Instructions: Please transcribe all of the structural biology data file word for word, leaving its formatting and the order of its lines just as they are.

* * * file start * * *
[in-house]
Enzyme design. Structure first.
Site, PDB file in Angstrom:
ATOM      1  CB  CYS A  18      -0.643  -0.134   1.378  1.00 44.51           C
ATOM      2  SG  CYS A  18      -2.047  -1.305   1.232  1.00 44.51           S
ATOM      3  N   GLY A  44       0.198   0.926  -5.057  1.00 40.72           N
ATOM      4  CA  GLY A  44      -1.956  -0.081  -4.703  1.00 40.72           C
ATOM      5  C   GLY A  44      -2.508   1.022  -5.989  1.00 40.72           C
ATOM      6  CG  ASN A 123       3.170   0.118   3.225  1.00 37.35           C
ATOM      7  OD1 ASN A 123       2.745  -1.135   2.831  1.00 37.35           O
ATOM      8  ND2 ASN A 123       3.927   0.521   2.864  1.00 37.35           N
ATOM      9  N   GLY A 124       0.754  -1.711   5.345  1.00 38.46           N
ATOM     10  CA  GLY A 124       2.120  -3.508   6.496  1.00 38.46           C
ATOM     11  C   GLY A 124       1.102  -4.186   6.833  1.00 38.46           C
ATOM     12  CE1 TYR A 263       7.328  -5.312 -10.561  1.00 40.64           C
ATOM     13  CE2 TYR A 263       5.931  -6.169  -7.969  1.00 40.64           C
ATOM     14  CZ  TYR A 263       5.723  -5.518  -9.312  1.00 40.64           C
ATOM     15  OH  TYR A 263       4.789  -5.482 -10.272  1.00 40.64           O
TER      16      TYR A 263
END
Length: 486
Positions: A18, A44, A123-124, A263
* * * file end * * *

[in-house]
Enzyme design. Structure first.
Site, PDB file in Angstrom:
ATOM      1  CB  CYS A  18      -0.643  -0.134   1.378  1.00 44.51           C
ATOM      2  SG  CYS A  18      -2.047  -1.305   1.232  1.00 44.51           S
ATOM      3  N   GLY A  44       0.198   0.926  -5.057  1.00 40.72           N
ATOM      4  CA  GLY A  44      -1.956  -0.081  -4.703  1.00 40.72           C
ATOM      5  C   GLY A  44      -2.508   1.022  -5.989  1.00 40.72           C
ATOM      6  CG  ASN A 123       3.170   0.118   3.225  1.00 37.35           C
ATOM      7  OD1 ASN A 123       2.745  -1.135   2.831  1.00 37.35           O
ATOM      8  ND2 ASN A 123       3.927   0.521   2.864  1.00 37.35           N
ATOM      9  N   GLY A 124       0.754  -1.711   5.345  1.00 38.46           N
ATOM     10  CA  GLY A 124       2.120  -3.508   6.496  1.00 38.46           C
ATOM     11  C   GLY A 124       1.102  -4.186   6.833  1.00 38.46           C
ATOM     12  CE1 TYR A 263       7.328  -5.312 -10.561  1.00 40.64           C
ATOM     13  CE2 TYR A 263       5.931  -6.169  -7.969  1.00 40.64           C
ATOM     14  CZ  TYR A 263       5.723  -5.518  -9.312  1.00 40.64           C
ATOM     15  OH  TYR A 263       4.789  -5.482 -10.272  1.00 40.64           O
TER      16      TYR A 263
END
Length: 486
Positions: A18, A44, A123-124, A263